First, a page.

$\displaystyle \int{x\sin{2x}\,dx} = \frac{1}{2}\int{\cos{2x}\,dx} - \frac{1}{2}x\cos{2x}$

$\displaystyle \int{x\sin{2x}\,dx} = \frac{1}{4}\sin{2x} - \frac{1}{2}x\cos{2x}$.

So... going back to what we were originally trying to find

$\displaystyle \int{x^2\cos{2x}\,dx} = \frac{1}{2}x^2\sin{2x} - \int{x\sin{2x}\,dx}$

$\displaystyle = \frac{1}{2}x^2\sin{2x} + \frac{1}{2}x\cos{2x} - \frac{1}{4}\sin{2x} + C$.

Quite nice. good show.

8. Originally Posted by oblixps
this was a question on a calc test.

Let F(x) be the antiderivative of f(x) = (x^2) cos(2x) and F(1) = 0
a) find F(x) and F(3)
b) find the critical values of F(x) in [0,pi]
c) find F''(x)
d) For the values you found in b), explain which (if any) are local maxima. Justify your answer.
e) Find the absolute maximum value of F(x).

now these questions are pretty straightforward and easy but the problem i have is that there is no graphing calculator allowed on this test. i answered a,b,c, and, d easily, but e) is giving me some trouble. i found the local max at 3pi/4 and the two endpoints 0 and pi i have to test as well by plugging back into F(x). now this test was before we learned integration by parts so we can't use that technique. so the only way to find F(x) was to use the fundamental theorem of calculus so that F(x) = integral (from 1 to x) of (t^2)cos(2t) dt and evaluating F(x) means evaluating the respective integrals. the problem i have is that i don't know how to evaluate these integrals without a graphing calculator. My TI-84 has a program for evaluating definite integrals but the scientific calculators provided for us has no such function. how are you supposed to do part e) using only a scientific calculator?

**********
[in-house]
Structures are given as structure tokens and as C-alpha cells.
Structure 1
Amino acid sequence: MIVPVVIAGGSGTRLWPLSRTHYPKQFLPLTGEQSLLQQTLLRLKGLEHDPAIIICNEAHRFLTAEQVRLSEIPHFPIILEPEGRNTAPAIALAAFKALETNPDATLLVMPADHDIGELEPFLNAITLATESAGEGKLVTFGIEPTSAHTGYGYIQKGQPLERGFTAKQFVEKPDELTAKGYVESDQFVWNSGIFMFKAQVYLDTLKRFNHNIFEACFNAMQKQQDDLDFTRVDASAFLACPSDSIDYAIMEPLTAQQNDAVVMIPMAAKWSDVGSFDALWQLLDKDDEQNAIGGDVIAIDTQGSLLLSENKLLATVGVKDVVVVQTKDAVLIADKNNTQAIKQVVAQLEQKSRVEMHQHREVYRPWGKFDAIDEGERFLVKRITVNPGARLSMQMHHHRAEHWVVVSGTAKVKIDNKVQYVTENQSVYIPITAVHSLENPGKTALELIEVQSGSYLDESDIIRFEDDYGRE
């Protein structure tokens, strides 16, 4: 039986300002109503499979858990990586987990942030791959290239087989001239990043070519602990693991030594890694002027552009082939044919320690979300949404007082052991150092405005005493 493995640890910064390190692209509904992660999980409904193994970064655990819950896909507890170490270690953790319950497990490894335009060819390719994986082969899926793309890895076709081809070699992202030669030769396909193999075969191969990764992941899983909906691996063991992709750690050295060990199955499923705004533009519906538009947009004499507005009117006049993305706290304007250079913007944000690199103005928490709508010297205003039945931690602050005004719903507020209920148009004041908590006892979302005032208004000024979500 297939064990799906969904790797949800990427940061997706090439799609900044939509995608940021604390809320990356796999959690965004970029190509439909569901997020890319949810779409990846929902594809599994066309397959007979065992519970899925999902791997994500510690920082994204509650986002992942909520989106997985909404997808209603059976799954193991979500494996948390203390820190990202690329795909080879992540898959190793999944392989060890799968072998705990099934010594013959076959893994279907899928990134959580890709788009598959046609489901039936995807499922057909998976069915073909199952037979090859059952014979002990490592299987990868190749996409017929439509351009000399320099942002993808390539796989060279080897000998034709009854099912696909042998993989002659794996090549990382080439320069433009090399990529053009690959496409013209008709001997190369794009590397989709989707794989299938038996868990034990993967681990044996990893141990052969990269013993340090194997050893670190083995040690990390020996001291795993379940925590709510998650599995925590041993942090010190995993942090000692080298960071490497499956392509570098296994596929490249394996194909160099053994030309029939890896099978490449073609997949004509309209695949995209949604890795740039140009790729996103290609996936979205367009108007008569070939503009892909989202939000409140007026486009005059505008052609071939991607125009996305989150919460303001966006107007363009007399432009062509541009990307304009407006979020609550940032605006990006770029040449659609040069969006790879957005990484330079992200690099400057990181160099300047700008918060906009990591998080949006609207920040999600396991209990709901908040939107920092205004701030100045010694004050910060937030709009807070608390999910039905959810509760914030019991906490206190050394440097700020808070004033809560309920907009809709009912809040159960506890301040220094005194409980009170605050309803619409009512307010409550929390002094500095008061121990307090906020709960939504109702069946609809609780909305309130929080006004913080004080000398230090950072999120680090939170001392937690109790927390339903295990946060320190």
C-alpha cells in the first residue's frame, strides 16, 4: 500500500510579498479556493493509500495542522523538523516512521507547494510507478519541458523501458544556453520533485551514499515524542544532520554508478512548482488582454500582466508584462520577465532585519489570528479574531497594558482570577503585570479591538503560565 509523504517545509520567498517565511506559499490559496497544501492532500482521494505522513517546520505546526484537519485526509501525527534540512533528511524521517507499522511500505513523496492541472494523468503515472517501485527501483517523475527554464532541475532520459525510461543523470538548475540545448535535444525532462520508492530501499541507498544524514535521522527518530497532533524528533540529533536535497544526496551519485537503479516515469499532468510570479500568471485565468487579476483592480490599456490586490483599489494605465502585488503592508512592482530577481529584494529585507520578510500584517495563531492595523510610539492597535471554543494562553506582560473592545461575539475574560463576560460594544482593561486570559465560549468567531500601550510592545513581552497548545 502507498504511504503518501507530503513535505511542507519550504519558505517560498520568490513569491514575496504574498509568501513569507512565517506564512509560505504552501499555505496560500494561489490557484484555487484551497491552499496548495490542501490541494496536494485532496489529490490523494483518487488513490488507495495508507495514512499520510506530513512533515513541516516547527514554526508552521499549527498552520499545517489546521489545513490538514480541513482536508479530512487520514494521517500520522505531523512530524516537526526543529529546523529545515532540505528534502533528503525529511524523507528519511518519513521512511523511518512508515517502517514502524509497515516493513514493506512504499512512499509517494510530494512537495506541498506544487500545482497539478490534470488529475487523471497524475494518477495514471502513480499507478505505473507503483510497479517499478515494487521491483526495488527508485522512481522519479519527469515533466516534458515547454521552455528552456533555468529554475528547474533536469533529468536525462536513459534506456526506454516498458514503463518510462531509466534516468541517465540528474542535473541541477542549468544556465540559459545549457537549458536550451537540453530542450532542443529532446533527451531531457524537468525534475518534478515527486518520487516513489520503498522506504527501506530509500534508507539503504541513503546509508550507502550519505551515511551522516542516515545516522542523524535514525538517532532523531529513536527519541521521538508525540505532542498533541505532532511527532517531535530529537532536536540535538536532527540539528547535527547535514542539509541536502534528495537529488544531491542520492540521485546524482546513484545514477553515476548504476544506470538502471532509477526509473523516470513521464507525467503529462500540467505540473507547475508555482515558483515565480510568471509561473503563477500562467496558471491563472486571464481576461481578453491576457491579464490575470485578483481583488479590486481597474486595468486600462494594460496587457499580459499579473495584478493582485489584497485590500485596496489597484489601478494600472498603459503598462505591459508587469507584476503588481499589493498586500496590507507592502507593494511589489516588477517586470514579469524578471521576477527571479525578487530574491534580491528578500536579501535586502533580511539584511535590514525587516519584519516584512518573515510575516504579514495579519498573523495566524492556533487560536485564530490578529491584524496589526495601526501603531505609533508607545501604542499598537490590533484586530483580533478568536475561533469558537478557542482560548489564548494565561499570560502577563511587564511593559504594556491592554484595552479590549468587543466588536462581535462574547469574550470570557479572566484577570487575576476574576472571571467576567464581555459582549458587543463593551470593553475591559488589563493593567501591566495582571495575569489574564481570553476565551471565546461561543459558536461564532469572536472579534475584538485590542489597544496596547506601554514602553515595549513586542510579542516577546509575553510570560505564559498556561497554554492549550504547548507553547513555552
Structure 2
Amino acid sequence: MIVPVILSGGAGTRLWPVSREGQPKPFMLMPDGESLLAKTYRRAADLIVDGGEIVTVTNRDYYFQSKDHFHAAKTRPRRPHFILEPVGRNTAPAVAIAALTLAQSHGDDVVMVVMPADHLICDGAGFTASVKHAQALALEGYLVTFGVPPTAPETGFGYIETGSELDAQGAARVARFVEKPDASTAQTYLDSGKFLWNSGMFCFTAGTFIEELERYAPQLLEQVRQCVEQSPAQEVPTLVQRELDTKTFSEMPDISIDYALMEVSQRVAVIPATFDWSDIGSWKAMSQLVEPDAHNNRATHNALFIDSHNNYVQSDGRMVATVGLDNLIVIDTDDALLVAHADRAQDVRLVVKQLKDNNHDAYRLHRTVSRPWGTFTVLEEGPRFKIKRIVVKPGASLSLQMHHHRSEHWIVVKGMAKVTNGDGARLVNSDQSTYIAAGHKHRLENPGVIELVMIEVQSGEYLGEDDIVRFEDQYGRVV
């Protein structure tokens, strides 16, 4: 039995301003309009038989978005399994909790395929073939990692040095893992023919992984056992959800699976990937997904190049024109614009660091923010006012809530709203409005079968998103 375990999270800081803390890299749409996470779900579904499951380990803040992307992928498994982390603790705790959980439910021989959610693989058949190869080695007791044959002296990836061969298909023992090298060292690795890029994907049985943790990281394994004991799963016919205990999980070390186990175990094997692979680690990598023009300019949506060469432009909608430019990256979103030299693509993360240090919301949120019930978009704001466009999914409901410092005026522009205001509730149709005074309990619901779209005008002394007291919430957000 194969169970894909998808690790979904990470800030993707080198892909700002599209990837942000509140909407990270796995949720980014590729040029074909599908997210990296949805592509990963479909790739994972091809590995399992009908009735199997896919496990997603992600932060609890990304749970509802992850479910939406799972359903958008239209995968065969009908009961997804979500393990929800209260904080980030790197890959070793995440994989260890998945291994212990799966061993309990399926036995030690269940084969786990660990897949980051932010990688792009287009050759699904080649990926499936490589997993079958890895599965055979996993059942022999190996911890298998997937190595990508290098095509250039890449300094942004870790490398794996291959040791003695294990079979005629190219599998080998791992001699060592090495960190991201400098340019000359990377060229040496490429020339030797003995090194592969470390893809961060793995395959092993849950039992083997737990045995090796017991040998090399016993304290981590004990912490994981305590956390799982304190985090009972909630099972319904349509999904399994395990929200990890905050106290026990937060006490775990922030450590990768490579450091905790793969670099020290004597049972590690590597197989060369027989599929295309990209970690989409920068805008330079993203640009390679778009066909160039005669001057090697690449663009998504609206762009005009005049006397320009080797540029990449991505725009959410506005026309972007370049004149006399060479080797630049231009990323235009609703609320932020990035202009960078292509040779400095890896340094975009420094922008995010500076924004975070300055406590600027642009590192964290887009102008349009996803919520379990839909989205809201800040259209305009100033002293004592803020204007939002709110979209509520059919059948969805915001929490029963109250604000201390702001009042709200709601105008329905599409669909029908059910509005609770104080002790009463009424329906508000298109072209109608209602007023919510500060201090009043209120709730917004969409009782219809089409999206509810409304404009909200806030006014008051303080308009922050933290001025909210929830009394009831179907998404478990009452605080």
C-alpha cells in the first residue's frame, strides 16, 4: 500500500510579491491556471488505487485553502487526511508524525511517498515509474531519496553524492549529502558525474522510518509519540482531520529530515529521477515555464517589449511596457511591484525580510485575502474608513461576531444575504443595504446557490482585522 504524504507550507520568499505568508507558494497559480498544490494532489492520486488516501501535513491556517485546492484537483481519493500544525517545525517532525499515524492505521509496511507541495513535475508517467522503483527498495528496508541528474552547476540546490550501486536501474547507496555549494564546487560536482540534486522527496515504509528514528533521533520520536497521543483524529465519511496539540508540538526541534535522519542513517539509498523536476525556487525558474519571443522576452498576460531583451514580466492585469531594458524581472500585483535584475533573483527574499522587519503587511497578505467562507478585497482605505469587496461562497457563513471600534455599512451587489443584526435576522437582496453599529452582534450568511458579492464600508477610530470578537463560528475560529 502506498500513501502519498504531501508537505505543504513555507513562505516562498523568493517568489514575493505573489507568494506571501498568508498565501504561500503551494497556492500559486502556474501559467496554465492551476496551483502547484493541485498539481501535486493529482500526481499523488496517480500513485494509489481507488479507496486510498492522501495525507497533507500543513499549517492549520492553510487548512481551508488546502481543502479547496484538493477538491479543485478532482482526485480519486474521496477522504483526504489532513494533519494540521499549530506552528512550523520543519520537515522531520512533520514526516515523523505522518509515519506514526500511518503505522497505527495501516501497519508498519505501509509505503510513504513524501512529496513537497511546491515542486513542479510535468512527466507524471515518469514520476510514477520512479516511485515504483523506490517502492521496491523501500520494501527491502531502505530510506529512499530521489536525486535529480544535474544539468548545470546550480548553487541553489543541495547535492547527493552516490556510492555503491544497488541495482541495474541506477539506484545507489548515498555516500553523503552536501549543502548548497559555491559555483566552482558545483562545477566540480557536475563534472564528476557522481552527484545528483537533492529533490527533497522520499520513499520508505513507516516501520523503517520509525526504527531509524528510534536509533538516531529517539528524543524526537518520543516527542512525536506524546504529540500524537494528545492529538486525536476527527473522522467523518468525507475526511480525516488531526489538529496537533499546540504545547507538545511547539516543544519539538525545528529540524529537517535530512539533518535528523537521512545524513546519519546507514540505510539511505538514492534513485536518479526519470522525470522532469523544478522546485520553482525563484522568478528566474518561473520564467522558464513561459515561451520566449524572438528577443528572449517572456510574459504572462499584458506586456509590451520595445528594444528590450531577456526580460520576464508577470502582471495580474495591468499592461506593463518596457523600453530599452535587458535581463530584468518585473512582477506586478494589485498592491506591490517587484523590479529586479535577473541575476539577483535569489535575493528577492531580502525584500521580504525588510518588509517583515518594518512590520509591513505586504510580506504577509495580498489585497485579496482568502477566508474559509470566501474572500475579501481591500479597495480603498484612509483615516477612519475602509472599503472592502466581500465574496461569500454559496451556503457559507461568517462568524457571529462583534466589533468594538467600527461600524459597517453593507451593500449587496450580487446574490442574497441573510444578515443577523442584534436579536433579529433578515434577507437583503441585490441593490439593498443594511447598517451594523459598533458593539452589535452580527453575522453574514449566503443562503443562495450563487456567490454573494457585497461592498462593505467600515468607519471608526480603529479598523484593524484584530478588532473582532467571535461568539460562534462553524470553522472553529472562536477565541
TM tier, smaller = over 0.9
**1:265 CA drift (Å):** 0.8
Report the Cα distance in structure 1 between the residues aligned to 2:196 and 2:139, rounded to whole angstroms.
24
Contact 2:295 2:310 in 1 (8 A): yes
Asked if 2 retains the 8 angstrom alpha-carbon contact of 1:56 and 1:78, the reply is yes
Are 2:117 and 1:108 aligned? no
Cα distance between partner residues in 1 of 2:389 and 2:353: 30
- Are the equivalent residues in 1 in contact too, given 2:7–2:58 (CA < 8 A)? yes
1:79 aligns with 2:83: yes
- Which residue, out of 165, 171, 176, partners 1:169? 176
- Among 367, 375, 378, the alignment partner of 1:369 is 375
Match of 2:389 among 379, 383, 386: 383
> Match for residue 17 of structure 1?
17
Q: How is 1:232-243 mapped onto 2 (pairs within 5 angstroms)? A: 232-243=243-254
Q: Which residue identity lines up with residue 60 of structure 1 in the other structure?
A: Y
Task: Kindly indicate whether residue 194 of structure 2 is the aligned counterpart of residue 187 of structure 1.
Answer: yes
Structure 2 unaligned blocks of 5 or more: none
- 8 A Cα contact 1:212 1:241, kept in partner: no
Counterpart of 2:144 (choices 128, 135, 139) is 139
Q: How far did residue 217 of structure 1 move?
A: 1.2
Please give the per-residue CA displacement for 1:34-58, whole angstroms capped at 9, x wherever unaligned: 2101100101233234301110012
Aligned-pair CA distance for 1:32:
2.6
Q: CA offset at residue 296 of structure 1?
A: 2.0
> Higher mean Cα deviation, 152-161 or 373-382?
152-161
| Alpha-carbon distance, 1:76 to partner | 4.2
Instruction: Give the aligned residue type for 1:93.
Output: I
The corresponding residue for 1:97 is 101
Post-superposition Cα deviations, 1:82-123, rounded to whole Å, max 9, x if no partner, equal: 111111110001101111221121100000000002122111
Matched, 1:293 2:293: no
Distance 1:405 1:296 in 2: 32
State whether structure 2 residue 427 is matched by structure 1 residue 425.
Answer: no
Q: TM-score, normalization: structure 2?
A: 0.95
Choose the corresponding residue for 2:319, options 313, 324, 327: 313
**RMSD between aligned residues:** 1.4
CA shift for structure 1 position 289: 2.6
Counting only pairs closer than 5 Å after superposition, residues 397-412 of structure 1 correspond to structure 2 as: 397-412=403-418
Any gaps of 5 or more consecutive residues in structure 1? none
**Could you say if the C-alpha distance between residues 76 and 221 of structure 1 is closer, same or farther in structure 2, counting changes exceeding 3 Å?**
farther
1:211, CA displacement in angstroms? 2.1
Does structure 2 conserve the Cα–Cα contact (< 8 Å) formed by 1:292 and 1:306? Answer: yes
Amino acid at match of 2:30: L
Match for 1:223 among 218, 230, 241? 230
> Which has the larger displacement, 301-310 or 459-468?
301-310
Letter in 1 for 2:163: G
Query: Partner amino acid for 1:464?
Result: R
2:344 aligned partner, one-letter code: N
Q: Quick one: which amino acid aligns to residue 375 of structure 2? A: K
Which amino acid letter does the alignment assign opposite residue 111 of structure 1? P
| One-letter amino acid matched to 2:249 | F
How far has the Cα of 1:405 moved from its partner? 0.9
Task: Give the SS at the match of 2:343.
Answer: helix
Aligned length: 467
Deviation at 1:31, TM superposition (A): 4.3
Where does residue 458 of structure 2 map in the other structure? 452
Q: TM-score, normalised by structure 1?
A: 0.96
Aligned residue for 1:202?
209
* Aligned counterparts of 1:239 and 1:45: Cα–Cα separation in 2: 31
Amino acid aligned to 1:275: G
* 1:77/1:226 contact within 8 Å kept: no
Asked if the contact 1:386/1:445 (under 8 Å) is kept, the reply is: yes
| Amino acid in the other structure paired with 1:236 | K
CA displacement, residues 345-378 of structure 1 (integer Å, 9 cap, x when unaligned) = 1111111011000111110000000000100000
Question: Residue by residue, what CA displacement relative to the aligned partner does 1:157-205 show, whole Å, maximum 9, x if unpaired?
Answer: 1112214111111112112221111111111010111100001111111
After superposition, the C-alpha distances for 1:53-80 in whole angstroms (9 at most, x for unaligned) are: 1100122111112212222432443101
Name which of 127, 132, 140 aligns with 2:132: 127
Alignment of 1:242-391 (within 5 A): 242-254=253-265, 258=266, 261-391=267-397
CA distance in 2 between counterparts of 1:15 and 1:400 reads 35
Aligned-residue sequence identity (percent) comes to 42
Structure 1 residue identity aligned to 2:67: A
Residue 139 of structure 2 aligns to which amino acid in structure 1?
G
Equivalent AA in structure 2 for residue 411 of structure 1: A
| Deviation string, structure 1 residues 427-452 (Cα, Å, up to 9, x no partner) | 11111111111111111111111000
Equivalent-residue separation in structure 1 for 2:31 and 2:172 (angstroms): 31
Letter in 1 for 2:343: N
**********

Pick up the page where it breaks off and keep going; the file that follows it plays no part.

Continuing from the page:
I'm not sure that you need to check the points 0 and $\displaystyle \pi$ It sounds like from the question that that was only relevant for part b. If you're question is about part e) just set the equation you have equal to 0 and use F(x) from part a to decide what the absolute maximum is. (you should only have to try $\displaystyle x = 0$,$\displaystyle x = \pi/4$, and $\displaystyle x=3\pi/4$)